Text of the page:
- Interior is beautiful. Options are endless
- Adjustable suspension is one of the best available. It is way more comfortable than previous Coopers and the Sport mode is noticeably sportier
- Top end power is excellent
- Mileage is amazing
- Styling, specially the rear is not attractive – two-tone paint in the back does not flow together at all.
- Rear window visibility is blocked by the big door bar going down the middle.
- Turbo Lag, lack of low end grunt and responsiveness, Engine growl is absent.
- Torque steer – When the turbo kicks in, the steering on this can be a handful. This is most pronounced while turning on rough roads. But even on smooth roads, torque steer is much more noticeable than the previous Mini Coopers
- There’s just not enough additional room. Opting for the Clubman over the Mini Cooper may not be worthwhile.
- Extra door is present only on one side? This could be a major inconvenience with kids as the driver has to go to the other side of the car to open and close the door for them.
- So many interior quirks
1. Radio volume knob is way out of place. And it is very loose.
2. No steering wheel controls, cruise control, ipod at $30k
3. Signal light lever is electronic like BMW but does not stay on for 4 seconds for change lane when tapped
4. Center gauge is just huge
5. Passenger window has no auto-up even though driver side has it
6. Moonroof has no auto open or close
7. Several buttons that seem present but don’t do anything
8. Trip computer controls/resets have to be accessed from the radio
Noticeably, my ‘weaknesses’ list is a bit longer than my ‘strengths’. The good news is the major factors like performance, handling, mileage are in the high points of this car. This is one of the most powerful and economical cars that I have tried. When cruising at 70 mph, I averaged 41mpg on the freeway. At 80 mph, I got 36 mpg. On the performance side, the 0-60 acceleration figure of 6.7 is excellent. Finally, the adjustable suspension really works. The standard mode offers comfort during those freeway commutes and long drives. The Sport mode improves handling, turn-in and decreases body roll.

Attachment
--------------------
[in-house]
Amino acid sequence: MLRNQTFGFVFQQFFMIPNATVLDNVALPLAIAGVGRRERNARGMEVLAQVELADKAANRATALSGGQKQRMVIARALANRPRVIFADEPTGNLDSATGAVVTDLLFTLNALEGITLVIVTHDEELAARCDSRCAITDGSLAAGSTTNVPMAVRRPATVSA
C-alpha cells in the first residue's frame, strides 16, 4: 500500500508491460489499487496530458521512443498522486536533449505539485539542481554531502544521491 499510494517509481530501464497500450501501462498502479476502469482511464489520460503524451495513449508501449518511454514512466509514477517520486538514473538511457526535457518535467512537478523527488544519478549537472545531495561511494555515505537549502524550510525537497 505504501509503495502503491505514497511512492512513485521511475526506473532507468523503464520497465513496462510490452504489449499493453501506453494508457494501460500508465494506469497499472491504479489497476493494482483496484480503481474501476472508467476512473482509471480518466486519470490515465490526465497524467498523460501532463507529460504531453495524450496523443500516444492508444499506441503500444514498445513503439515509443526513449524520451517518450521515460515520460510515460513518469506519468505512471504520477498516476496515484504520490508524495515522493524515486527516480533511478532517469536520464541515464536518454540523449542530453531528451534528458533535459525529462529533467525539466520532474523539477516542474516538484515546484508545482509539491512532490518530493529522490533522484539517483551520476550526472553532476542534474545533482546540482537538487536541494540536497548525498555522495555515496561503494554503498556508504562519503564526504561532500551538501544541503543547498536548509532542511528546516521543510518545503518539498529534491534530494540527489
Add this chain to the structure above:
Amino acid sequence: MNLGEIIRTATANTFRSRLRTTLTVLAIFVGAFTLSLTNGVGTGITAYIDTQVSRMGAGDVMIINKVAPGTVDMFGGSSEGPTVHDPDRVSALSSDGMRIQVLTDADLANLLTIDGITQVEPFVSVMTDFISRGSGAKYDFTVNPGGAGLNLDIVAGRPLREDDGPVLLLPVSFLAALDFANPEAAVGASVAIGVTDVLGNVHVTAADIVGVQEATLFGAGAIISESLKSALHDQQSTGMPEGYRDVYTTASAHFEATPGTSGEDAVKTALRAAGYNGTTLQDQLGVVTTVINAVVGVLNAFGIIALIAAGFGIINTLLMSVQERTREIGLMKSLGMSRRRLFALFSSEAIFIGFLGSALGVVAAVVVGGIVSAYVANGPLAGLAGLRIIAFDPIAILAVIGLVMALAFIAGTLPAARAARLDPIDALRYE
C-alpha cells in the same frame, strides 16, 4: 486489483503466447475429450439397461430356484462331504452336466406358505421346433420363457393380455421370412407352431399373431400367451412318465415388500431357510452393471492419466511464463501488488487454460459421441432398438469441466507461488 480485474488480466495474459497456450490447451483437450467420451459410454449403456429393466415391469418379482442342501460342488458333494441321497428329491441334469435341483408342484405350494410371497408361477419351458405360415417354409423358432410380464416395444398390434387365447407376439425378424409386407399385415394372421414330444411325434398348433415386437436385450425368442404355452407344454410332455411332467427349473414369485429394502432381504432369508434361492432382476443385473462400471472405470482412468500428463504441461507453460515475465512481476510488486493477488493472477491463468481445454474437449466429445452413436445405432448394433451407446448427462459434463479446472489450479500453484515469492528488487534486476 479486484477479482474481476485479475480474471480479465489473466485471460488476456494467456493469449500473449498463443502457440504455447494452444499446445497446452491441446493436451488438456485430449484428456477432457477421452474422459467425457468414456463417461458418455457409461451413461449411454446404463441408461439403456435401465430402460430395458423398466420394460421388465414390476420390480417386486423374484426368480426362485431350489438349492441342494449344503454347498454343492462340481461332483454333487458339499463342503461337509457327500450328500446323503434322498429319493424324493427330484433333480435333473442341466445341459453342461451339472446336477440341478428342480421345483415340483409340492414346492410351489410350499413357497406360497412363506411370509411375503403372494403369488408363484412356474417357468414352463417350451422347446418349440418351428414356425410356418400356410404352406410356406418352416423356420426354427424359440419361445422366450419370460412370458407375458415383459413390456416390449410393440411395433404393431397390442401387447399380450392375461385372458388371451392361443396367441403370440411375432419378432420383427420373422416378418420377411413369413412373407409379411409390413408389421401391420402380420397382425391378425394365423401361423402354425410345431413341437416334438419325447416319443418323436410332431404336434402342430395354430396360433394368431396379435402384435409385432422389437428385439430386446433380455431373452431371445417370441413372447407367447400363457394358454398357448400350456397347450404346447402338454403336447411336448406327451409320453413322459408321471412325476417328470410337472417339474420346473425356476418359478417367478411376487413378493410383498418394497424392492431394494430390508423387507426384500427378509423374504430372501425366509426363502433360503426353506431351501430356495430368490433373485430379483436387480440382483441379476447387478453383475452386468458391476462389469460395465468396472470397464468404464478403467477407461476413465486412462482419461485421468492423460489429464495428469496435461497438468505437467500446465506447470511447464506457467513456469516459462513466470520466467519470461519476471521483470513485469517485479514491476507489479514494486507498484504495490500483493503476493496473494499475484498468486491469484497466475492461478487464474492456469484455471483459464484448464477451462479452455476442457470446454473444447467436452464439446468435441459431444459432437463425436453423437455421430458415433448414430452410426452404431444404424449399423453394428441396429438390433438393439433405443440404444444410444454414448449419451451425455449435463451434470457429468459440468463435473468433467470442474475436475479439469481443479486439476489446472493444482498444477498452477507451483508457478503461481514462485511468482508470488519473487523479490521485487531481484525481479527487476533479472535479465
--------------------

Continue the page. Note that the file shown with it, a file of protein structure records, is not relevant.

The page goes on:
The downsides of this car are numerous but only a few of them are showstoppers. A lot of the quirks of this car come with the package and the enthusiastic Clubman fan will be able to overlook them. The key issue is space. If the whole issue of buying the Clubman is for increased space over the Mini, does it achieve that goal? We don’t think so. There is little extra room for rear passengers and entry exit for them is hardly improved. Is there more room for cargo? Hardly.
The other issues for us are styling, torque steer, and bad rear visibility. The appeal of the Mini Cooper is that it looks good. This one does not. It is certainly unique. But the designers managed to detract from the nice lines of the beloved Mini Cooper. Torque steer is very noticeable as well under spirited driving. We feel that steering is the strongest suit of the Mini Cooper but one cannot overlook constant pull and kickback of the steering while driving aggressively on mountain roads. Finally, the rear window of this car is small and it is blocked by big door bars going right down the middle. Classic maybe, but certainly not functional.
This is a really stylish and eclectic car. It’s different and it stands out and the ideal buyer values the style and lifestyle of the Mini Clubman. The car benefits from the power, handling and mileage of the new Mini Cooper line. But there are many weaknesses outlined above. We believe the key decision is the space. Given the compromises, does the Clubman deliver enough room to justify it’s quirks. For us, it doesn’t add up. We like the standard Cooper S just fine and if we want a little more room, there are many better options out there. But for the individual who likes Cooper line and wants to stand out from the rest and have a little extra room, this can be a unique solution.
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